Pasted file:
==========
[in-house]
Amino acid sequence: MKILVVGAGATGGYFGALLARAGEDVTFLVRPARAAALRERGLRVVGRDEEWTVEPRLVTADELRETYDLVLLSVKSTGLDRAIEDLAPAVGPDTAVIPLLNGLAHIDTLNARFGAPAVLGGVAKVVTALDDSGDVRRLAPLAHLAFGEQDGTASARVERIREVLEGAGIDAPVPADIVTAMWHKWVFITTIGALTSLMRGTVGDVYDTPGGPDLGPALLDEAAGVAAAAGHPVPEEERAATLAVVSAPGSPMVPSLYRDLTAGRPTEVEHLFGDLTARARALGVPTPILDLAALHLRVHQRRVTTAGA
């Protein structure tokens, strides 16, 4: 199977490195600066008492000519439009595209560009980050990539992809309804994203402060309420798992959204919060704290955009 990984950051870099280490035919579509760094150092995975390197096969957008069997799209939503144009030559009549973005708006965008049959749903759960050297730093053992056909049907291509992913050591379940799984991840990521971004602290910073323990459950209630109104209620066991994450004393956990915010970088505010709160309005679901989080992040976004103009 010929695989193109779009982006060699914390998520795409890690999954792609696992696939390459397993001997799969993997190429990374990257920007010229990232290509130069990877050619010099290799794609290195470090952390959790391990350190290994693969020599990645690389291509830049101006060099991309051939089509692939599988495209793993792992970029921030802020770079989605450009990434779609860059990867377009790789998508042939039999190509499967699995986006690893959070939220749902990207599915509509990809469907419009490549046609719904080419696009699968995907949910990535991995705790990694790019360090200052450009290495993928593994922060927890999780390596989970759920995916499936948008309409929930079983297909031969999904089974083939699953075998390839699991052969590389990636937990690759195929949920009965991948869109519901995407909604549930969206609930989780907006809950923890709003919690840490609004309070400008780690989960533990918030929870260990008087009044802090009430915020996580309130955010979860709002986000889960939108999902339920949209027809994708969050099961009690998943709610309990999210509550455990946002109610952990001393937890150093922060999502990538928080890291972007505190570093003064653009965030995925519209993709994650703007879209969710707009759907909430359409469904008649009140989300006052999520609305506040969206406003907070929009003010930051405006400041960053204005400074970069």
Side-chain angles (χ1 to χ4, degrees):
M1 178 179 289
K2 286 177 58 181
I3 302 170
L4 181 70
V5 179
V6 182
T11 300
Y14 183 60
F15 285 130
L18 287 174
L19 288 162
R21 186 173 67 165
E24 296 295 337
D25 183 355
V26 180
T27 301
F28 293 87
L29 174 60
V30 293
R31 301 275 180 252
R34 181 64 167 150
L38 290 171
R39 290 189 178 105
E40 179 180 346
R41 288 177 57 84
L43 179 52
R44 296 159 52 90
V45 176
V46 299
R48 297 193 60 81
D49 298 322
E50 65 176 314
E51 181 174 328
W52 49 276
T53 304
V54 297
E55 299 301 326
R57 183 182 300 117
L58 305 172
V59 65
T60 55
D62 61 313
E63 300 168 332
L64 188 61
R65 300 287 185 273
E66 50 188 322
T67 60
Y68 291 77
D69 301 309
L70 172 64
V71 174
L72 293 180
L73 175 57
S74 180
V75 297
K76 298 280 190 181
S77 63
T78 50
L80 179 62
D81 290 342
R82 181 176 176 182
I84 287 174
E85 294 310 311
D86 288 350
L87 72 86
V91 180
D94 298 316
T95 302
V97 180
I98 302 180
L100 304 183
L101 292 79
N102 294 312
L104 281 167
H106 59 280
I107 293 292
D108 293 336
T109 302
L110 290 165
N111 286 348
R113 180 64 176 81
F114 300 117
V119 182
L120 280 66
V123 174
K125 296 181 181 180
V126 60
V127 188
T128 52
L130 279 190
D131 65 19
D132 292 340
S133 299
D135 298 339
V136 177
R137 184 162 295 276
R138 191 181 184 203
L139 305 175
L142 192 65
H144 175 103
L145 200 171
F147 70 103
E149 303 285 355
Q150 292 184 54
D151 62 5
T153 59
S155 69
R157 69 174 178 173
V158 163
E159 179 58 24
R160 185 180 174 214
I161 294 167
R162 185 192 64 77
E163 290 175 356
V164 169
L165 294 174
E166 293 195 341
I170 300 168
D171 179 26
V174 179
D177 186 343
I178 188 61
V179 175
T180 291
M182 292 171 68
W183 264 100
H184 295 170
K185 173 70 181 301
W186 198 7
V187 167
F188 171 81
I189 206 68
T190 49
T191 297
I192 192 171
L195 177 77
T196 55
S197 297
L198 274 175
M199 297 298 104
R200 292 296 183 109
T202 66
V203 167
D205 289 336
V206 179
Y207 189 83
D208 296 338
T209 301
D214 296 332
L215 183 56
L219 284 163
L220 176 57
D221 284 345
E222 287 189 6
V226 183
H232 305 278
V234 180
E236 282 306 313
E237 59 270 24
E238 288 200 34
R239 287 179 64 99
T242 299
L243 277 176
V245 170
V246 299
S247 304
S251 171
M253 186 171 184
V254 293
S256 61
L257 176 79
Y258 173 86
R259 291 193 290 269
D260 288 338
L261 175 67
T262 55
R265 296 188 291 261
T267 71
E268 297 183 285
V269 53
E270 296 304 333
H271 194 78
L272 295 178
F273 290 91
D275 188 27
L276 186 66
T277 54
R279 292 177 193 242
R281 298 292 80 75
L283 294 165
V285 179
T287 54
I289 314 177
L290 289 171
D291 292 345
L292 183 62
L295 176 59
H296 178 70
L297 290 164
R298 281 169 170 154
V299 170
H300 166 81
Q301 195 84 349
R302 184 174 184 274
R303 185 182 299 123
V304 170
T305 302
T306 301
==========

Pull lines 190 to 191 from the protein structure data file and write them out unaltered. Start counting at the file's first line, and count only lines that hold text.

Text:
L276 186 66
T277 54